1:06 – 1:39 OPEN
1:41:30 – 1:58:30
Damage control: when and what should politicians disclose?
After weeks of missing votes, Illinois Rep. Jesse Jackson Jr. announced through his office in late June that he was on medical leave for exhaustion. Yesterday, his office revealed that he is being treated for a mood disorder. Whether it’s Vice President Dick Cheney’s heart condition or former San Bernardino County Assessor Bill Postmus, who disappeared before revealing a substance-abuse problem, there are countless examples of publicly elected officials keeping medical information from their constituents. What obligation do elected officials have to disclose medical information to their constituents? Does it matter whether that’s a heart condition or depression?
2:06 – 2:19
Don’t take your road trip for granted
It’s summer vacation season and for many of us, that means “road trip.” As recently as the 1960s, however, African American motorists traveling in America were often guaranteed less-the-welcome receptions in many parts of the country. Traveling could be downright dangerous. In 1936, a postal worker and activist named Victor H. Green took matters into his own hands and started publishing “The Negro Motorist Green Book.” “The Green Book,” along with similar publications, acted as guidebooks, identifying safe zones and “tourist homes” – private houses where African Americans could spend the night while on the road. Calvin Alexander Ramsey, whose play “The Green Book” features a couple spending the night at the house of a Holocaust survivor, remembers traveling with his parents between Baltimore and Roxboro, North Carolina and having to pack a huge picnic lunch in order to avoid any risky stops. Green published the last issue of his book in 1964, but these travel experiences continue to be within the living memory of many African Americans. Do you have experiences of traveling or hosting African Americans pre-segregation? How much have things actually changed?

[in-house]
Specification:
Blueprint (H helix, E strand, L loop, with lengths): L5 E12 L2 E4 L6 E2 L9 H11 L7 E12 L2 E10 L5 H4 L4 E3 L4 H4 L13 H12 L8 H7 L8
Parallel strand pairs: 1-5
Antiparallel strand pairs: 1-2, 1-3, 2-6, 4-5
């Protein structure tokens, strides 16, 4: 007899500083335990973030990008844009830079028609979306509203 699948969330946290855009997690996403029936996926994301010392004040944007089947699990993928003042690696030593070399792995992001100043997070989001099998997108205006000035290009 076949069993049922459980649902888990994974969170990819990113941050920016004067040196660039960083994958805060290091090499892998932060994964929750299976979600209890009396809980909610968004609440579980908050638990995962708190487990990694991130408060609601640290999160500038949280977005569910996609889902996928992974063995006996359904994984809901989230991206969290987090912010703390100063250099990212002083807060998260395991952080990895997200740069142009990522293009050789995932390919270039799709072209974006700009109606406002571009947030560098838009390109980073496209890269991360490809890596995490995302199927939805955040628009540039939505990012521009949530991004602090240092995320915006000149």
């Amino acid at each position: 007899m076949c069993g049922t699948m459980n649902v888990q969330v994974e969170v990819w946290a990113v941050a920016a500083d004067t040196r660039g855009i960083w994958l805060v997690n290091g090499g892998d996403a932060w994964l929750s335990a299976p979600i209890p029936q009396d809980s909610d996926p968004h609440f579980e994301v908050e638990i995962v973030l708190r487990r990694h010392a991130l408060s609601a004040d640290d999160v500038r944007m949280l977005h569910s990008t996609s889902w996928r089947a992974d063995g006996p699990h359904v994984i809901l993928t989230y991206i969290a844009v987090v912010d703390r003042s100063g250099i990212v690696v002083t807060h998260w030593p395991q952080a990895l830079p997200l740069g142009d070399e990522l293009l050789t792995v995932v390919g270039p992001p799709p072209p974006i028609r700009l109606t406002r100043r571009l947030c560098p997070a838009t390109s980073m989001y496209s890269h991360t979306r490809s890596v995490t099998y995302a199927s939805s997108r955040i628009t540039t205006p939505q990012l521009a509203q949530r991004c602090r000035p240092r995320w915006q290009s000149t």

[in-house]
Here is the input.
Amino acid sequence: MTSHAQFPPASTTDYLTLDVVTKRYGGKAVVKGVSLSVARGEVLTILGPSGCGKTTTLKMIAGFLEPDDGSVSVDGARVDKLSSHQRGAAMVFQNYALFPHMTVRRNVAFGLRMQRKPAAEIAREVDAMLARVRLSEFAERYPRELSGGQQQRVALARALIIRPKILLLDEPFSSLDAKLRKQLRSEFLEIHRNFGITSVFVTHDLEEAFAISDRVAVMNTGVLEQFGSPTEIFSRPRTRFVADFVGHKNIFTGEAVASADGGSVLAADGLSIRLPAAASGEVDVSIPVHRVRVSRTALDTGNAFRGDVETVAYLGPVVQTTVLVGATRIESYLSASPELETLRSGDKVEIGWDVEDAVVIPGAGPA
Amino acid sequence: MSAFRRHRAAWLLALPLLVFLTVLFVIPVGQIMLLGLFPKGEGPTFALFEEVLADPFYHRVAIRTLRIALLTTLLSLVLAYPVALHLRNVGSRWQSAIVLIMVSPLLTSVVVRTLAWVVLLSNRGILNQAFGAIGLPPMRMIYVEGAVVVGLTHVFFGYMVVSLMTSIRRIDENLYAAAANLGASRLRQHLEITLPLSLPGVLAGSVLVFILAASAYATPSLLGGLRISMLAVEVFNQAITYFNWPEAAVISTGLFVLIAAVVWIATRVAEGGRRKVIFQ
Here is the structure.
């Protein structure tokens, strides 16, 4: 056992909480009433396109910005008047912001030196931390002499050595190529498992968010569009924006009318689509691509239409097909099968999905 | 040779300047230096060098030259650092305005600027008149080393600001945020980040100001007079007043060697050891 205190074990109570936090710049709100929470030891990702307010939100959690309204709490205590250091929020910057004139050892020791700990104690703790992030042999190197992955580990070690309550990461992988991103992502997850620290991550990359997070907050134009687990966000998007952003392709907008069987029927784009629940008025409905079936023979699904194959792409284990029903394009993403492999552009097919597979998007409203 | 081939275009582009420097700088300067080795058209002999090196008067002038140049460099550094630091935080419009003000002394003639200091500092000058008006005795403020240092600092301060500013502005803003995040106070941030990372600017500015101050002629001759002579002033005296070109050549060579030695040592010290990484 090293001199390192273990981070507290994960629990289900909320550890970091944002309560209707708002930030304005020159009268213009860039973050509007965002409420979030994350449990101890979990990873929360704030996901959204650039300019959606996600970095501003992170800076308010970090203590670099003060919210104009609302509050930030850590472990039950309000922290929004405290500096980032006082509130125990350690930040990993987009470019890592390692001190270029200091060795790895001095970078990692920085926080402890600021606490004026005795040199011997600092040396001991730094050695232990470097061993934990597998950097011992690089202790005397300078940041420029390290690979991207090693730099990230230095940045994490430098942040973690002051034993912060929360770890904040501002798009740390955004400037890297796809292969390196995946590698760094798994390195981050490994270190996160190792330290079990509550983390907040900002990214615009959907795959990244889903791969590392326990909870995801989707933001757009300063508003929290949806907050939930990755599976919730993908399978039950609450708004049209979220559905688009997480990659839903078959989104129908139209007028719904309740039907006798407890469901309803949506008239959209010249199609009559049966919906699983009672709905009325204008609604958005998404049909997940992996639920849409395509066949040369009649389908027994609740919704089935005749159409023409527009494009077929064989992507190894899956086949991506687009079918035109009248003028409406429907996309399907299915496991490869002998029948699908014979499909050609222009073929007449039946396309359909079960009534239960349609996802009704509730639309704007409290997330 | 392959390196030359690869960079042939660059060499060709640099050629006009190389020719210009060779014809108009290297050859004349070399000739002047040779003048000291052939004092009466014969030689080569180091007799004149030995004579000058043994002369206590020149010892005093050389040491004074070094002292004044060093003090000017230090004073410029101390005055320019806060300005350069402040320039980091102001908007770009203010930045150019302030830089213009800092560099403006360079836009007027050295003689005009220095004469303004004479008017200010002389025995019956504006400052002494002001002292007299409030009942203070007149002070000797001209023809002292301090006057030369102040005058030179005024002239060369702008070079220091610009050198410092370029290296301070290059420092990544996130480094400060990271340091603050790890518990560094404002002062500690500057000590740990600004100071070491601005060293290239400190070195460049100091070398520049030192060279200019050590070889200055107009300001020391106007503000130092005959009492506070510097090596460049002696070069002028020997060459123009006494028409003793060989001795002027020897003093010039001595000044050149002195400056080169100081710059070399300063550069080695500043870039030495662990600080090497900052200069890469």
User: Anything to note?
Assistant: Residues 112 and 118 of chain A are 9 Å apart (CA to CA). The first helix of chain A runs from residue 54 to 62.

2:21:30 – 2:39
Is binge-watching TV the best or worst way to catch up on your favorite programs?
The Internet has revolutionized how people watch TV. No longer are consumers beholden to the whims of networks and the rigid structures of calendars and airtimes. Americans now watch TV on their computers, smart phones and on their living room sets - and they watch their favorite shows when they want to watch them. Television is now largely an on-demand medium and that has lead TV junkies to develop some interesting viewing habits. One of these newer practices is the rise of “binge-watching,” which occurs when a viewer might consume many hours of a particular program in one sitting, one episode after the other. Proponents of binge-watching say, for example, that viewing the entire 3rd season of AMC’s “Breaking Bad” in a weekend allows viewers to be totally immersed in the universe of the show. But there is also a rising chorus of those who believe that the serial nature of television programming dictates that a TV show must be best appreciated with days between episodes to properly digest, mull and discuss the many plotlines, characters and subtle details involved in the story arc of a season. Are you guilty of watching entire seasons of “The Wire” in a week? How do you think TV shows are best appreciated – in one fell swoop or spread out over days?
Jim Pagels, Slate contributor and author of the article “Stop Binge-Watching TV”
Mary H.K. Choi, columnist for Wired magazine, editor at MTV style, comic book creator at Marvel and Vertigo and author of the article “In Praise of Binge TV Consumption”
2:41:30 – 2:58:30
‘Fooling Houdini’ – the science behind the art of magic
The art of magic is a lot more than just pulling a rabbit out of a hat or sawing a person in half. It is a time-honored tradition that uses the limitations of the human mind and body to make people believe that they’re seeing things they know to be impossible. When amateur magician Alex Stone made a spectacularly poor showing at the Magic Olympics in 2006 he initially vowed to hang up his cape for good. But he found he couldn’t bring himself to put down the wand and decided to combine other skills from his bag of tricks to become an elite practitioner of the art form. Apart from being a struggling magician, Stone was also a journalist and held a master’s degree in physics; these disciplines put him in a unique position to deconstruct the closely guarded skills and secrets of magicians and illusionists and take a look at the science behind the trickery. His new book, “Fooling Houdini: Magicians, Mentalists, Math Geeks, and the Hidden Powers of the Mind,” follows the author’s journey through magic tournaments, conventions, lectures, shows and encounters with eccentrics, skeptics, scholars, cheats, criminals, geniuses, legends and prodigies on his odyssey to peel back the curtain on the world of magic. How has magic changed over time? What can science tell us about the world of illusion?
Alex Stone, magician, journalist and author of “Fooling Houdini: Magicians, Mentalists, Math Geeks, and the Hidden Powers of the Mind” (Harper 2012)
Producer - Patt Morrison
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